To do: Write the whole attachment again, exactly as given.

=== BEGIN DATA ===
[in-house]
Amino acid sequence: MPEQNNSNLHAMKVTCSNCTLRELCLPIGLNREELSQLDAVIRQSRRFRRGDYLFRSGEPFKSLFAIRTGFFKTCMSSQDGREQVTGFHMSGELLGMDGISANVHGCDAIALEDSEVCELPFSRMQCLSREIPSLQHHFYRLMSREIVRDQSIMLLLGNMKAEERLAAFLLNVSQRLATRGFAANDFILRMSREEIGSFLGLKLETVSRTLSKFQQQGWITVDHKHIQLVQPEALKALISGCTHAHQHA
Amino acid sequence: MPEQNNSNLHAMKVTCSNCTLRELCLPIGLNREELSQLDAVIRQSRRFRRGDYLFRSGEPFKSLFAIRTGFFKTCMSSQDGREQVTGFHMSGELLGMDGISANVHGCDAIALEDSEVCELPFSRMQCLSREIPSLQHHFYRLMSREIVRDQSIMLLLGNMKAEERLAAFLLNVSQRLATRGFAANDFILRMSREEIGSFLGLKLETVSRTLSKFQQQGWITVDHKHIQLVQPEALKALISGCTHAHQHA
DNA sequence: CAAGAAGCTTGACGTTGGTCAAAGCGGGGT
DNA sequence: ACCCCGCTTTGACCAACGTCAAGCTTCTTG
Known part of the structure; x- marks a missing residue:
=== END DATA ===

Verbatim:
[in-house]
Amino acid sequence: MPEQNNSNLHAMKVTCSNCTLRELCLPIGLNREELSQLDAVIRQSRRFRRGDYLFRSGEPFKSLFAIRTGFFKTCMSSQDGREQVTGFHMSGELLGMDGISANVHGCDAIALEDSEVCELPFSRMQCLSREIPSLQHHFYRLMSREIVRDQSIMLLLGNMKAEERLAAFLLNVSQRLATRGFAANDFILRMSREEIGSFLGLKLETVSRTLSKFQQQGWITVDHKHIQLVQPEALKALISGCTHAHQHA
Amino acid sequence: MPEQNNSNLHAMKVTCSNCTLRELCLPIGLNREELSQLDAVIRQSRRFRRGDYLFRSGEPFKSLFAIRTGFFKTCMSSQDGREQVTGFHMSGELLGMDGISANVHGCDAIALEDSEVCELPFSRMQCLSREIPSLQHHFYRLMSREIVRDQSIMLLLGNMKAEERLAAFLLNVSQRLATRGFAANDFILRMSREEIGSFLGLKLETVSRTLSKFQQQGWITVDHKHIQLVQPEALKALISGCTHAHQHA
DNA sequence: CAAGAAGCTTGACGTTGGTCAAAGCGGGGT
DNA sequence: ACCCCGCTTTGACCAACGTCAAGCTTCTTG
Known part of the structure; x- marks a missing residue: